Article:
Oil falls as US crude stocks hit record for 7th successive week

SINGAPORE, March 31 (Reuters) – Oil futures fell in Asian trade on Thursday amid renewed worries of global oversupply after official data showed U.S. crude inventories rose last week to a record for the seventh time in a row.

That increase came despite seasonal refinery utilisation hitting an 11-year high, while a rise in the dollar index put further pressure on oil prices.

Brent crude futures fell 22 cents to $39.04 a barrel as of 0136 GMT. It ended up 12 cents in the previous session, after touching a session peak of $40.61.

The front-month contract for U.S. crude futures dropped 26 cents to $38.06 a barrel, after settling up 4 cents in the previous session following a gain of 3 percent earlier in the session.

Prices will "zig-zag" for the rest of the year, said Tony Nunan, oil risk manager at Japan’s Mitsubishi Corp.

U.S. crude stocks rose by 2.3 million barrels to 534.8 million barrels in the week to March 25, data from the U.S. Energy Information Administration shows.

But the increase was less than analysts’ expectations of a 3.3 million barrel build after crude imports fell 636,000 barrels per day to 7.4 million bpd.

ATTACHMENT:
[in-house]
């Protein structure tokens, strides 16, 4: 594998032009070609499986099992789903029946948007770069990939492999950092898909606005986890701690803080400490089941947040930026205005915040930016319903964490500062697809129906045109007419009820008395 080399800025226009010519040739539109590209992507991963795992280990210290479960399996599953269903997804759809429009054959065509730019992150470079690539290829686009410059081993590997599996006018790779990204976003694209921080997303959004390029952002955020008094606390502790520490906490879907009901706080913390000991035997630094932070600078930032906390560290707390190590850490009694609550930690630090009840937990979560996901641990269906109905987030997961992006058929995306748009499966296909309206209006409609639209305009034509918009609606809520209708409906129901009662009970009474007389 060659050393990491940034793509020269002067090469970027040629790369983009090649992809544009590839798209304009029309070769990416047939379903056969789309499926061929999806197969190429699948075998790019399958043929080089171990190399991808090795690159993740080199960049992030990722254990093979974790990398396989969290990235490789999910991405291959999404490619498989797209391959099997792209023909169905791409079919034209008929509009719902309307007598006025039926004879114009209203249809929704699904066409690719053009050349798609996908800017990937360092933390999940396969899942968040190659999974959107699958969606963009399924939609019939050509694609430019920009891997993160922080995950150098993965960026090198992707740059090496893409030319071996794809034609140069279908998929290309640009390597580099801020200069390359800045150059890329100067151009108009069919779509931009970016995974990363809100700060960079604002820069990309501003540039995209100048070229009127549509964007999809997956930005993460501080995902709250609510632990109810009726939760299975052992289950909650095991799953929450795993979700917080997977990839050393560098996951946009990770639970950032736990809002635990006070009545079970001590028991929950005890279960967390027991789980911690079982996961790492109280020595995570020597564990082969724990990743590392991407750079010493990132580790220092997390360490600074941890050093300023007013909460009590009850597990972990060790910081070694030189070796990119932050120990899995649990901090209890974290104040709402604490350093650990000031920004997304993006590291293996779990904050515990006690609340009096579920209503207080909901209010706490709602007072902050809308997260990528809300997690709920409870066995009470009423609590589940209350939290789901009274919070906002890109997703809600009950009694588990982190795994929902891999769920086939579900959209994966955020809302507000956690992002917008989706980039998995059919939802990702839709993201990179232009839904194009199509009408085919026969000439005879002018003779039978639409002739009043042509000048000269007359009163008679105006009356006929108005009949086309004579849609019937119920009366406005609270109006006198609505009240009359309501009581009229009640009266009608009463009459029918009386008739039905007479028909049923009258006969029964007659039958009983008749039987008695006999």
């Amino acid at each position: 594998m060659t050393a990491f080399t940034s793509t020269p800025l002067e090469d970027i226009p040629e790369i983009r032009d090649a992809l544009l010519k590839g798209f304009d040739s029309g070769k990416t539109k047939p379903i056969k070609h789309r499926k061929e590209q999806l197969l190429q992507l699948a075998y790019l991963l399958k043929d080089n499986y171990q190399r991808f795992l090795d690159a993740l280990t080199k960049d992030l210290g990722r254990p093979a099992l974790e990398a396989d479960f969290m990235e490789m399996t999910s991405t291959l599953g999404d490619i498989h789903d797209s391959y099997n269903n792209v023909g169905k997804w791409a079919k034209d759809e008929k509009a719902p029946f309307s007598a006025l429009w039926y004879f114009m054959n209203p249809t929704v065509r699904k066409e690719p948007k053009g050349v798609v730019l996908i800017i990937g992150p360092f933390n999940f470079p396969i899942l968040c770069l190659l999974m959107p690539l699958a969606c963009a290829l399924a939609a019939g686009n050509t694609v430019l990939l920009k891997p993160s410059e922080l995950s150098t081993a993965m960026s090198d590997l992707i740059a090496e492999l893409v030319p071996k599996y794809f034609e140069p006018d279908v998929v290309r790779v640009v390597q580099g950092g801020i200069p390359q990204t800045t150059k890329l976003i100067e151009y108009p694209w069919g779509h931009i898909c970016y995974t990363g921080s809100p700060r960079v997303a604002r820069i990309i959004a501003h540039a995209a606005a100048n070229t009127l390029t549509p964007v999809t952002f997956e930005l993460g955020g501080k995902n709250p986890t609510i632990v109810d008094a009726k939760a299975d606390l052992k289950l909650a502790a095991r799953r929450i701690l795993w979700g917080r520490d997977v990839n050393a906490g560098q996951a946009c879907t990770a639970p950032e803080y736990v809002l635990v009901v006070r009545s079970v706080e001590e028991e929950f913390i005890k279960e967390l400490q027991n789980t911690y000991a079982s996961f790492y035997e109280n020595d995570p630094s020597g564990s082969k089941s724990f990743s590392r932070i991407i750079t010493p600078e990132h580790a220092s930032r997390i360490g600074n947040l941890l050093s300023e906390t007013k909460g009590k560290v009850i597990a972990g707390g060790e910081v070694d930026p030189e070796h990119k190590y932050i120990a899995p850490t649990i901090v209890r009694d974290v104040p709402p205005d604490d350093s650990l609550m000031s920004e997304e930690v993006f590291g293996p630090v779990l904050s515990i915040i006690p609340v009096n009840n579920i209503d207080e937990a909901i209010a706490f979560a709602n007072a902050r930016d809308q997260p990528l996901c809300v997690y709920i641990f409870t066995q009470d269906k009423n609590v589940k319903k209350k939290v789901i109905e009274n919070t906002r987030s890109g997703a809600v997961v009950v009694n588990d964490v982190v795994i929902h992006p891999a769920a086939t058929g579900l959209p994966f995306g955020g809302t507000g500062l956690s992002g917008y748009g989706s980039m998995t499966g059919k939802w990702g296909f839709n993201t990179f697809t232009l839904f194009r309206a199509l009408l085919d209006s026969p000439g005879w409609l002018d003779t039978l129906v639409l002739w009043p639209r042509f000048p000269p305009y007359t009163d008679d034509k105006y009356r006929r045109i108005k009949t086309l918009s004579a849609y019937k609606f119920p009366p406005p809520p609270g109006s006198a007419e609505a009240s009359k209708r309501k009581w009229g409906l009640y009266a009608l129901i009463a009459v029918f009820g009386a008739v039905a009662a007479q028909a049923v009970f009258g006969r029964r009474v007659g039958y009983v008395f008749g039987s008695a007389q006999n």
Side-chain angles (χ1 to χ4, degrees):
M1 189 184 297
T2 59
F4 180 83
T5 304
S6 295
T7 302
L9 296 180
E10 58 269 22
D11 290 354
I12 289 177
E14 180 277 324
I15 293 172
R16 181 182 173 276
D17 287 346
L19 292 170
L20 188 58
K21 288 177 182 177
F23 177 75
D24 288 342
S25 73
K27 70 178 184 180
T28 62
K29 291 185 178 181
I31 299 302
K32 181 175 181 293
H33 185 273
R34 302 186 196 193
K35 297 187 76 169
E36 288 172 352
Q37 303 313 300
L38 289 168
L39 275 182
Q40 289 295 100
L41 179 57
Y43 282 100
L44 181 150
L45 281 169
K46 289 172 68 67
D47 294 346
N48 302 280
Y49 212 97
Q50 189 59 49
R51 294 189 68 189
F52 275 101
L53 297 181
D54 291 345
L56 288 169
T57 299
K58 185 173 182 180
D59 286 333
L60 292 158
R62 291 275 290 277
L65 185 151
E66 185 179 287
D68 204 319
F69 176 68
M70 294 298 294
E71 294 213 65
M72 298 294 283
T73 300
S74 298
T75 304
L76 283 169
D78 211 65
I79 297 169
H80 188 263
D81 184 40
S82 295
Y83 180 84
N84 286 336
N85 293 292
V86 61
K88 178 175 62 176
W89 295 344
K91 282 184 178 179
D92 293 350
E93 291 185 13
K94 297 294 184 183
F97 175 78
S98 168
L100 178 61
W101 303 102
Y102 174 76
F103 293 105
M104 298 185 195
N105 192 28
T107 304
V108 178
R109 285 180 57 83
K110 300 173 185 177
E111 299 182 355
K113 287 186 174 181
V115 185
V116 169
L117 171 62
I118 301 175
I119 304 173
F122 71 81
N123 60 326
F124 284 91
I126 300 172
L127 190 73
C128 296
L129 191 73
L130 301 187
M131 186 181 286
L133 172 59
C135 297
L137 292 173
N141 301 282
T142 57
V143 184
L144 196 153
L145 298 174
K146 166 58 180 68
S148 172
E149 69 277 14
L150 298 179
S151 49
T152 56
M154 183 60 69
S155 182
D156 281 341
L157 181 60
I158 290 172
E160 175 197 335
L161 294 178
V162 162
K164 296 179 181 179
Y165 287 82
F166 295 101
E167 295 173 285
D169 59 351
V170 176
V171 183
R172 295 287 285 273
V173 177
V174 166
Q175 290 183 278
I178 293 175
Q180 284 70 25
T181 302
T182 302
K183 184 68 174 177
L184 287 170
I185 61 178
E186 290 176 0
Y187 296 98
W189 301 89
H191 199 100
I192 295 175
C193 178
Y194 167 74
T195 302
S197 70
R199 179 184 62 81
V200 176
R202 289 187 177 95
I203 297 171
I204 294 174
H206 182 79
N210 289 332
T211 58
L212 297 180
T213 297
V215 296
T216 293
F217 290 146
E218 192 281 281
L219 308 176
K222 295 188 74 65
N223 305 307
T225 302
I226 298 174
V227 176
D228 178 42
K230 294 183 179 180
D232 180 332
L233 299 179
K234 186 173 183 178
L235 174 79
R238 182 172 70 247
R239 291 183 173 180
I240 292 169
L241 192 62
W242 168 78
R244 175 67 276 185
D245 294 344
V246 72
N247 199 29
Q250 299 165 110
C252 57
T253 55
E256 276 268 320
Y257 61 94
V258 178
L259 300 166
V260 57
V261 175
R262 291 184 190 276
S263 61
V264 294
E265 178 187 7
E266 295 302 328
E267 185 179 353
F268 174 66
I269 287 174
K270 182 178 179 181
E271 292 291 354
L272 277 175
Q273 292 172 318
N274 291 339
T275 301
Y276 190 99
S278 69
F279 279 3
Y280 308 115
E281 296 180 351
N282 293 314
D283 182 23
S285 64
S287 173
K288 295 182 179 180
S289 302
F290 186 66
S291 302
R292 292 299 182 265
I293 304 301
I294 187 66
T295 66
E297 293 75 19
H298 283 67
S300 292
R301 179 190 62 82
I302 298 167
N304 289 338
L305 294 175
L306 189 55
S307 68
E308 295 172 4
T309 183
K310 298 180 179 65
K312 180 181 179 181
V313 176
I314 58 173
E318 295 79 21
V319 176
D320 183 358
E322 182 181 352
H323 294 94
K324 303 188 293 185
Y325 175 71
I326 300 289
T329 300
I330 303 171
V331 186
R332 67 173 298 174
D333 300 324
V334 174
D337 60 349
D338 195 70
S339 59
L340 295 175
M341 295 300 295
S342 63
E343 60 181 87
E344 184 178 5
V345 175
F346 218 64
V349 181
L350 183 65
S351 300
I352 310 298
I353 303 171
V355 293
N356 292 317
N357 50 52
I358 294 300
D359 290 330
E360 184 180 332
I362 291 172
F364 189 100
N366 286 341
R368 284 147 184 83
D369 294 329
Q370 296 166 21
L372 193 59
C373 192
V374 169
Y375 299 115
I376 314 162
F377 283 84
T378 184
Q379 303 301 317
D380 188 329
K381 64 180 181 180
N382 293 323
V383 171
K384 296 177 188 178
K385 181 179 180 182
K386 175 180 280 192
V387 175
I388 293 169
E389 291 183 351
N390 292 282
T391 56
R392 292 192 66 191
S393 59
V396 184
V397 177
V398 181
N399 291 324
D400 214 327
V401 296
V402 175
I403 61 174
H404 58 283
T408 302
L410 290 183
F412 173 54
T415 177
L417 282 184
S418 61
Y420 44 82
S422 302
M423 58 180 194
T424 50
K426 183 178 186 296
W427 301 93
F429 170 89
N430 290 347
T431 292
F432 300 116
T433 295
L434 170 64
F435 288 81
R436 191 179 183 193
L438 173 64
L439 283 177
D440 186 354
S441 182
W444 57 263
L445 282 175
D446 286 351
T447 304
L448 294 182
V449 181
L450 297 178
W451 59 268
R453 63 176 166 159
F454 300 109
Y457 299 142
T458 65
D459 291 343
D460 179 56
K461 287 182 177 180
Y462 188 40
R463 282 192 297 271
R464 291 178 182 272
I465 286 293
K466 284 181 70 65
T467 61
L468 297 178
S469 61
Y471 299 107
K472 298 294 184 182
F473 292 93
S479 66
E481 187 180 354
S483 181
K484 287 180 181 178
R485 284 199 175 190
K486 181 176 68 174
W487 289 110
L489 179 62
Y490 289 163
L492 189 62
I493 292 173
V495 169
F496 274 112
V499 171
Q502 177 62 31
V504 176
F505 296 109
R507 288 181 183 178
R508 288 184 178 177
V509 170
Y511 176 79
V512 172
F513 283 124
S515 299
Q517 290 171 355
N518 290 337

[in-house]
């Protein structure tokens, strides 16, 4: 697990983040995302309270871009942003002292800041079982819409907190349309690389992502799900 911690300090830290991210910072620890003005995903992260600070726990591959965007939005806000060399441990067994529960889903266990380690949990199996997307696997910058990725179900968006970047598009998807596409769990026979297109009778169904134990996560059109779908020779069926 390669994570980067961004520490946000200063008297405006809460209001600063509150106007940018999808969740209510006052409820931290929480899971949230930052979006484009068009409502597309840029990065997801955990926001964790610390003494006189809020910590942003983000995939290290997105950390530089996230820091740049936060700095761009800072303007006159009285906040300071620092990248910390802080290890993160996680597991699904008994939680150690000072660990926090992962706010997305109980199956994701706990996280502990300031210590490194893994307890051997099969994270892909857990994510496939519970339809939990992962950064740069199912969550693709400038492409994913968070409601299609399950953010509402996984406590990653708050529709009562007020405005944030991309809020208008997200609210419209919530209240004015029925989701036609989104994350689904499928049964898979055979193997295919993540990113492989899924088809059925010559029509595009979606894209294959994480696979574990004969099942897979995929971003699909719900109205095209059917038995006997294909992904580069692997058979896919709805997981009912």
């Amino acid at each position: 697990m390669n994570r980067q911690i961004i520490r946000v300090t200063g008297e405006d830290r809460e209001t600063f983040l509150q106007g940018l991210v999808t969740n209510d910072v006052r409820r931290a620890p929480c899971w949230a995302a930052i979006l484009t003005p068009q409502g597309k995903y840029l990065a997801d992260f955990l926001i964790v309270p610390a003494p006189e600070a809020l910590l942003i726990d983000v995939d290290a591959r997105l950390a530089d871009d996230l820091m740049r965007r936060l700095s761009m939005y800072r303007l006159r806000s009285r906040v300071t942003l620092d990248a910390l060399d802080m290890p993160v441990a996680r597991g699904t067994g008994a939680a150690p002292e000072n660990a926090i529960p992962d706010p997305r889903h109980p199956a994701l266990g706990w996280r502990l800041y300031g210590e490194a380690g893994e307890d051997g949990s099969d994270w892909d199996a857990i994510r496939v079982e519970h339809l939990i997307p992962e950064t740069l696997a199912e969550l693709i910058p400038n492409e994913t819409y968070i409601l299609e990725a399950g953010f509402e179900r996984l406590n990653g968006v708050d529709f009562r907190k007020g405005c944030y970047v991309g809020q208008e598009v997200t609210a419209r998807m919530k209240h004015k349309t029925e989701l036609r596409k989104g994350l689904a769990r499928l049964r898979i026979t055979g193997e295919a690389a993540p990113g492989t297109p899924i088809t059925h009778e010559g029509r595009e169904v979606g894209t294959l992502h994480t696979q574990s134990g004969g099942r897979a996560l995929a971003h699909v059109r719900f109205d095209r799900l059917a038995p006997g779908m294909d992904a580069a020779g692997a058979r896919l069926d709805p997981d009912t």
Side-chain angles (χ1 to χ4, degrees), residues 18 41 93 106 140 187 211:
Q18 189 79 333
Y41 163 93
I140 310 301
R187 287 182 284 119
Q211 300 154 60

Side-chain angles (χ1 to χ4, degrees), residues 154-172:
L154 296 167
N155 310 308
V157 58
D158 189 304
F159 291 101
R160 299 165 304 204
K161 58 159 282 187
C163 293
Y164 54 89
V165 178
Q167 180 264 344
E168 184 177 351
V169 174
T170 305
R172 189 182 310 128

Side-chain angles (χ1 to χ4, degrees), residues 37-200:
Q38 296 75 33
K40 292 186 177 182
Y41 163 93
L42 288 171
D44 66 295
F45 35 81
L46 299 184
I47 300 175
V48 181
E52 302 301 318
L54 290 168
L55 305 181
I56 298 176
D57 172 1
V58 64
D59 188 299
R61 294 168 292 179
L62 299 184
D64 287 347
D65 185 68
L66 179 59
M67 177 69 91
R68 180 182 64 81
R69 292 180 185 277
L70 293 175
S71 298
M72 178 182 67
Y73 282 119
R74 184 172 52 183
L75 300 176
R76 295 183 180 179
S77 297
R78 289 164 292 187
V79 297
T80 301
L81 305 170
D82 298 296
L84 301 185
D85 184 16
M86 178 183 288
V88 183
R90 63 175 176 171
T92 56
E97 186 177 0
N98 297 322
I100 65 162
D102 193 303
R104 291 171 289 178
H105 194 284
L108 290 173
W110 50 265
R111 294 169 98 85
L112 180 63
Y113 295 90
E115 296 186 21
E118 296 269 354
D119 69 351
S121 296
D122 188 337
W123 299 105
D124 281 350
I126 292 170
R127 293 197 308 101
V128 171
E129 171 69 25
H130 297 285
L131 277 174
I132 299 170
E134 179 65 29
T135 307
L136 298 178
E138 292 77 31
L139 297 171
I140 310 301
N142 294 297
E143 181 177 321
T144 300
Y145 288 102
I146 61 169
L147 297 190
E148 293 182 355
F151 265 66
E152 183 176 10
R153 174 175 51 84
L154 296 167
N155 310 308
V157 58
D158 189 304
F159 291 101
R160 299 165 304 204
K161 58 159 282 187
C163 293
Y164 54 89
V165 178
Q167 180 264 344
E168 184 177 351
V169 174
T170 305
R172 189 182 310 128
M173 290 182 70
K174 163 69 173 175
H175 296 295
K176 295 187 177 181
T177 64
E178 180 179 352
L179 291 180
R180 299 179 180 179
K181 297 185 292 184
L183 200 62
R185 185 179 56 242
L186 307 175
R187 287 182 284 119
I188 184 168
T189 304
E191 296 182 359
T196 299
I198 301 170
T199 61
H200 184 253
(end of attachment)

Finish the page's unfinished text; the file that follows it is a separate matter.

Refinery crude runs rose by 414,000 barrels per day (bpd) and refinery utilisation rates rose 2 percentage points to 90.4 percent of total capacity, the highest seasonal rate since 2005.

"Commercial inventories will continue to build until May or June. The bearish sentiment (on prices) will continue until we actually see inventories draw down," said Nunan.

Oil prices, which have risen about 50 percent since mid-February, have started to track lower in the past week.

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"Oil prices will trend down again … $35 a barrel will be the support level. Low prices are not sustainable in the long-run," Nunan said.

But with OPEC flagging a price of $50 a barrel and oil producers scheduled to meet in Doha on April 17 to discuss a possible output freeze, prices are likely to remain range-bound.

"Anytime prices get close to $45-$50 a barrel, funds that have taken long positions are likely to take profits. Unless things really ignite the global economy, then people will sell-off at that level," Nunan said.

Concerns over global oversupply were further fuelled after crude output from the Organization of the Petroleum Exporting Countries (OPEC) rose in March to 32.47 million bpd from 32.37 million bpd in February, according to a Reuters survey based on shipping and other data.

The increase followed the lifting of Iranian sanctions and near-record exports from southern Iraq that offset maintenance and outages in smaller producers.

Iran is expected to add half a million barrels of oil supply a day within a year from existing oilfields after sanctions were lifted in January, Fatih Birol, the head of the International Energy Agency told Reuters on Wednesday.

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